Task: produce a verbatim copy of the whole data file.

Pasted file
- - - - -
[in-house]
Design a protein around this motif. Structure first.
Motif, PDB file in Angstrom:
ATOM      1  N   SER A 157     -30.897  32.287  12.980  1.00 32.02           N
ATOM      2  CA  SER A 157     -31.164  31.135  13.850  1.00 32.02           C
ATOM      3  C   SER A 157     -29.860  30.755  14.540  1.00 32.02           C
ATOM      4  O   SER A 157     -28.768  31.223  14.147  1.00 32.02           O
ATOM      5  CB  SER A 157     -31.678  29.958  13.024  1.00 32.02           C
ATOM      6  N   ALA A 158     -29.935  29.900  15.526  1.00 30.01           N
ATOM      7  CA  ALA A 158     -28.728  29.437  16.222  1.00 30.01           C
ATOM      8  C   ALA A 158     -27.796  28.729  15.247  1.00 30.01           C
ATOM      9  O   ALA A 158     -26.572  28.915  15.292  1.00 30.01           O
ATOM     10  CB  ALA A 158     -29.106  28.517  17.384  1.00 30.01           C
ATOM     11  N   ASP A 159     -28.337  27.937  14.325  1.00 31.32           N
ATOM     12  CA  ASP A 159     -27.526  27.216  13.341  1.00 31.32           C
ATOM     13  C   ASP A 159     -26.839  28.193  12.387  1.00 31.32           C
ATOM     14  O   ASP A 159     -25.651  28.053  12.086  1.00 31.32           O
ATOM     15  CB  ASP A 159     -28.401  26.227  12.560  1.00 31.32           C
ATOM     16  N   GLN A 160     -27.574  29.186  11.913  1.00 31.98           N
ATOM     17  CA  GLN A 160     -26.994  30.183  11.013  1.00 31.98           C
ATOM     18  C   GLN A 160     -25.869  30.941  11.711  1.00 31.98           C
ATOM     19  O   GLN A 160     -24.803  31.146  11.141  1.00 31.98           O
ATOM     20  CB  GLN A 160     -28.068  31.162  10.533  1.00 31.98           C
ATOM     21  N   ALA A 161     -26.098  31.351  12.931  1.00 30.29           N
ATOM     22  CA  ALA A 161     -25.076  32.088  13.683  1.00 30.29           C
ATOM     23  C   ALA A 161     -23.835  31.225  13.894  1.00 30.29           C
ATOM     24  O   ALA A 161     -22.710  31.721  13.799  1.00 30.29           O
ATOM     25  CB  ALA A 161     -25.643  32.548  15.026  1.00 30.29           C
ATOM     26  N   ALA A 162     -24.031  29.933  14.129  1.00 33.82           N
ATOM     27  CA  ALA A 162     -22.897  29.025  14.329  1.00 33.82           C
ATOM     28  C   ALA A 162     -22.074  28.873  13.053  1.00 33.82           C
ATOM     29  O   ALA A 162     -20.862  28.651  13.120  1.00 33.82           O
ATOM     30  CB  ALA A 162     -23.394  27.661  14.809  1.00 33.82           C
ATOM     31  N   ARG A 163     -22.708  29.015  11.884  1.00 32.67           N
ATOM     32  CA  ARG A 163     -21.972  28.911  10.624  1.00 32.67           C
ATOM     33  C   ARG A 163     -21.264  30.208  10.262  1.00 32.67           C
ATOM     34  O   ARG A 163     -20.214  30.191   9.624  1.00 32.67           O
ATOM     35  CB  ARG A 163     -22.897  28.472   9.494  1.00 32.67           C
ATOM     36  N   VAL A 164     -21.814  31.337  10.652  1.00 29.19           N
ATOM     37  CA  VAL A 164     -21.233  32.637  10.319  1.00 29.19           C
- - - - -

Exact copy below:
[in-house]
Design a protein around this motif. Structure first.
Motif, PDB file in Angstrom:
ATOM      1  N   SER A 157     -30.897  32.287  12.980  1.00 32.02           N
ATOM      2  CA  SER A 157     -31.164  31.135  13.850  1.00 32.02           C
ATOM      3  C   SER A 157     -29.860  30.755  14.540  1.00 32.02           C
ATOM      4  O   SER A 157     -28.768  31.223  14.147  1.00 32.02           O
ATOM      5  CB  SER A 157     -31.678  29.958  13.024  1.00 32.02           C
ATOM      6  N   ALA A 158     -29.935  29.900  15.526  1.00 30.01           N
ATOM      7  CA  ALA A 158     -28.728  29.437  16.222  1.00 30.01           C
ATOM      8  C   ALA A 158     -27.796  28.729  15.247  1.00 30.01           C
ATOM      9  O   ALA A 158     -26.572  28.915  15.292  1.00 30.01           O
ATOM     10  CB  ALA A 158     -29.106  28.517  17.384  1.00 30.01           C
ATOM     11  N   ASP A 159     -28.337  27.937  14.325  1.00 31.32           N
ATOM     12  CA  ASP A 159     -27.526  27.216  13.341  1.00 31.32           C
ATOM     13  C   ASP A 159     -26.839  28.193  12.387  1.00 31.32           C
ATOM     14  O   ASP A 159     -25.651  28.053  12.086  1.00 31.32           O
ATOM     15  CB  ASP A 159     -28.401  26.227  12.560  1.00 31.32           C
ATOM     16  N   GLN A 160     -27.574  29.186  11.913  1.00 31.98           N
ATOM     17  CA  GLN A 160     -26.994  30.183  11.013  1.00 31.98           C
ATOM     18  C   GLN A 160     -25.869  30.941  11.711  1.00 31.98           C
ATOM     19  O   GLN A 160     -24.803  31.146  11.141  1.00 31.98           O
ATOM     20  CB  GLN A 160     -28.068  31.162  10.533  1.00 31.98           C
ATOM     21  N   ALA A 161     -26.098  31.351  12.931  1.00 30.29           N
ATOM     22  CA  ALA A 161     -25.076  32.088  13.683  1.00 30.29           C
ATOM     23  C   ALA A 161     -23.835  31.225  13.894  1.00 30.29           C
ATOM     24  O   ALA A 161     -22.710  31.721  13.799  1.00 30.29           O
ATOM     25  CB  ALA A 161     -25.643  32.548  15.026  1.00 30.29           C
ATOM     26  N   ALA A 162     -24.031  29.933  14.129  1.00 33.82           N
ATOM     27  CA  ALA A 162     -22.897  29.025  14.329  1.00 33.82           C
ATOM     28  C   ALA A 162     -22.074  28.873  13.053  1.00 33.82           C
ATOM     29  O   ALA A 162     -20.862  28.651  13.120  1.00 33.82           O
ATOM     30  CB  ALA A 162     -23.394  27.661  14.809  1.00 33.82           C
ATOM     31  N   ARG A 163     -22.708  29.015  11.884  1.00 32.67           N
ATOM     32  CA  ARG A 163     -21.972  28.911  10.624  1.00 32.67           C
ATOM     33  C   ARG A 163     -21.264  30.208  10.262  1.00 32.67           C
ATOM     34  O   ARG A 163     -20.214  30.191   9.624  1.00 32.67           O
ATOM     35  CB  ARG A 163     -22.897  28.472   9.494  1.00 32.67           C
ATOM     36  N   VAL A 164     -21.814  31.337  10.652  1.00 29.19           N
ATOM     37  CA  VAL A 164     -21.233  32.637  10.319  1.00 29.19           C